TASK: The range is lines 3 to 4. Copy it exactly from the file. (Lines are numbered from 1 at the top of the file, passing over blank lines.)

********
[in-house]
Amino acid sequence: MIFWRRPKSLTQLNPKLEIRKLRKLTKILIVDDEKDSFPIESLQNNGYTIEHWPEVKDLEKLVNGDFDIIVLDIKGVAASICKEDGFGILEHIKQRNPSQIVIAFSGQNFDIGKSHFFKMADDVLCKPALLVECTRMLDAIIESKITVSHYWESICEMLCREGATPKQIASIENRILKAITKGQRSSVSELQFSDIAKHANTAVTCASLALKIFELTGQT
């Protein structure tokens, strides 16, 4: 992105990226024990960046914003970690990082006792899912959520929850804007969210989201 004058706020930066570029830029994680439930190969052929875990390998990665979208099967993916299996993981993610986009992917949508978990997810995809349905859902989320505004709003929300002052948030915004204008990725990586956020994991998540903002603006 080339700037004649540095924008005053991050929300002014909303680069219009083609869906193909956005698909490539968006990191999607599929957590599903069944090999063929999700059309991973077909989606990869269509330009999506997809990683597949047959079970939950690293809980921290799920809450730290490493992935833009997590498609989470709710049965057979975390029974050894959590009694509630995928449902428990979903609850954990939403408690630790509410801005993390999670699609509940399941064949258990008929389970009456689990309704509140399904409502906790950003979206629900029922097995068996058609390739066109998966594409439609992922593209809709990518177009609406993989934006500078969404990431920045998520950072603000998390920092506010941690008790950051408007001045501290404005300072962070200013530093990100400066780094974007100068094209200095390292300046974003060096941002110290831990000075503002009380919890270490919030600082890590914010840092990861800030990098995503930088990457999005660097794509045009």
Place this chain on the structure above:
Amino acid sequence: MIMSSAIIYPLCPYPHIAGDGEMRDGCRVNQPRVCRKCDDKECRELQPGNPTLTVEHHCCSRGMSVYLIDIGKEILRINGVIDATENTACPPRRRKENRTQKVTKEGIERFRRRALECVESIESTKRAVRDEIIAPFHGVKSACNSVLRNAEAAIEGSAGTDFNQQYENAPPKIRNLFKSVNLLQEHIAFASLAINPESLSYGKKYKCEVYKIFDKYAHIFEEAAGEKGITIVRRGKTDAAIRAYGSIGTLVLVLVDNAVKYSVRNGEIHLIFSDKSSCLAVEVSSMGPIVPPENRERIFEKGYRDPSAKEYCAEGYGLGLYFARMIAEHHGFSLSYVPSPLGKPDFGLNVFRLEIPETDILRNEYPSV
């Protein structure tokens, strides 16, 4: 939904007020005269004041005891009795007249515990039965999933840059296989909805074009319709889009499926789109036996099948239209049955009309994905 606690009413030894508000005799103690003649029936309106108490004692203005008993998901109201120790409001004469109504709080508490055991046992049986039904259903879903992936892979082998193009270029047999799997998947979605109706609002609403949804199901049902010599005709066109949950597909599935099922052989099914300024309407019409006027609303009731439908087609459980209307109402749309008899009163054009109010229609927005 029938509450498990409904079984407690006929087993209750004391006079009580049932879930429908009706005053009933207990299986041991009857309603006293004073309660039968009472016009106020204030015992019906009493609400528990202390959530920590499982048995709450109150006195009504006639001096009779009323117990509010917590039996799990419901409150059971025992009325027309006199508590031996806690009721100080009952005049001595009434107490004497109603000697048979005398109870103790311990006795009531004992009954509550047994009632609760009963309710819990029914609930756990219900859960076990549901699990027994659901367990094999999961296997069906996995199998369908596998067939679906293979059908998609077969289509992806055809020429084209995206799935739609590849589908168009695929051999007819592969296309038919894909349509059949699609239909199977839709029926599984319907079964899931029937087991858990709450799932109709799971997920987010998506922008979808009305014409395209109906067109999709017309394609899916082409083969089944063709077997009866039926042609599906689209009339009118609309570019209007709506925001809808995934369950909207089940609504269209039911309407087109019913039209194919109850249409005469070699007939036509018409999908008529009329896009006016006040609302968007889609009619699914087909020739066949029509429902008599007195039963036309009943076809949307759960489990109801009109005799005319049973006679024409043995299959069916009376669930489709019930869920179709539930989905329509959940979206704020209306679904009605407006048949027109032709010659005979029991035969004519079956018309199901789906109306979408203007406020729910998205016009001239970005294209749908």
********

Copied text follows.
């Protein structure tokens, strides 16, 4: 992105990226024990960046914003970690990082006792899912959520929850804007969210989201 004058706020930066570029830029994680439930190969052929875990390998990665979208099967993916299996993981993610986009992917949508978990997810995809349905859902989320505004709003929300002052948030915004204008990725990586956020994991998540903002603006 080339700037004649540095924008005053991050929300002014909303680069219009083609869906193909956005698909490539968006990191999607599929957590599903069944090999063929999700059309991973077909989606990869269509330009999506997809990683597949047959079970939950690293809980921290799920809450730290490493992935833009997590498609989470709710049965057979975390029974050894959590009694509630995928449902428990979903609850954990939403408690630790509410801005993390999670699609509940399941064949258990008929389970009456689990309704509140399904409502906790950003979206629900029922097995068996058609390739066109998966594409439609992922593209809709990518177009609406993989934006500078969404990431920045998520950072603000998390920092506010941690008790950051408007001045501290404005300072962070200013530093990100400066780094974007100068094209200095390292300046974003060096941002110290831990000075503002009380919890270490919030600082890590914010840092990861800030990098995503930088990457999005660097794509045009």
Place this chain on the structure above: